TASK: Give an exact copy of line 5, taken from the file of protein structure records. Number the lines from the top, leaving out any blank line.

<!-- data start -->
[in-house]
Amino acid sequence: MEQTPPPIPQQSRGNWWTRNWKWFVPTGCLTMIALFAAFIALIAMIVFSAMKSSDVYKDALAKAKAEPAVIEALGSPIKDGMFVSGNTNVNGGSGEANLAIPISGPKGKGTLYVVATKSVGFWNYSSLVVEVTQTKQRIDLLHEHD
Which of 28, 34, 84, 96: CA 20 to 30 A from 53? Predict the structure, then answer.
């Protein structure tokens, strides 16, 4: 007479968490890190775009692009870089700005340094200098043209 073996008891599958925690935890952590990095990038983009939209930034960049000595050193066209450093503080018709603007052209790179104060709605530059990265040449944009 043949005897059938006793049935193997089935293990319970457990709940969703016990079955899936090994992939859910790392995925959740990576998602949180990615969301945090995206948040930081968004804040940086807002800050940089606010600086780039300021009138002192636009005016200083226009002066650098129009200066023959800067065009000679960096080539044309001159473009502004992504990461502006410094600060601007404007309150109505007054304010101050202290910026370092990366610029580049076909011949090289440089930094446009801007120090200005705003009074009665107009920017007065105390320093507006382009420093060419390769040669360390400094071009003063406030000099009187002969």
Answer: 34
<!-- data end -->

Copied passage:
Answer: 34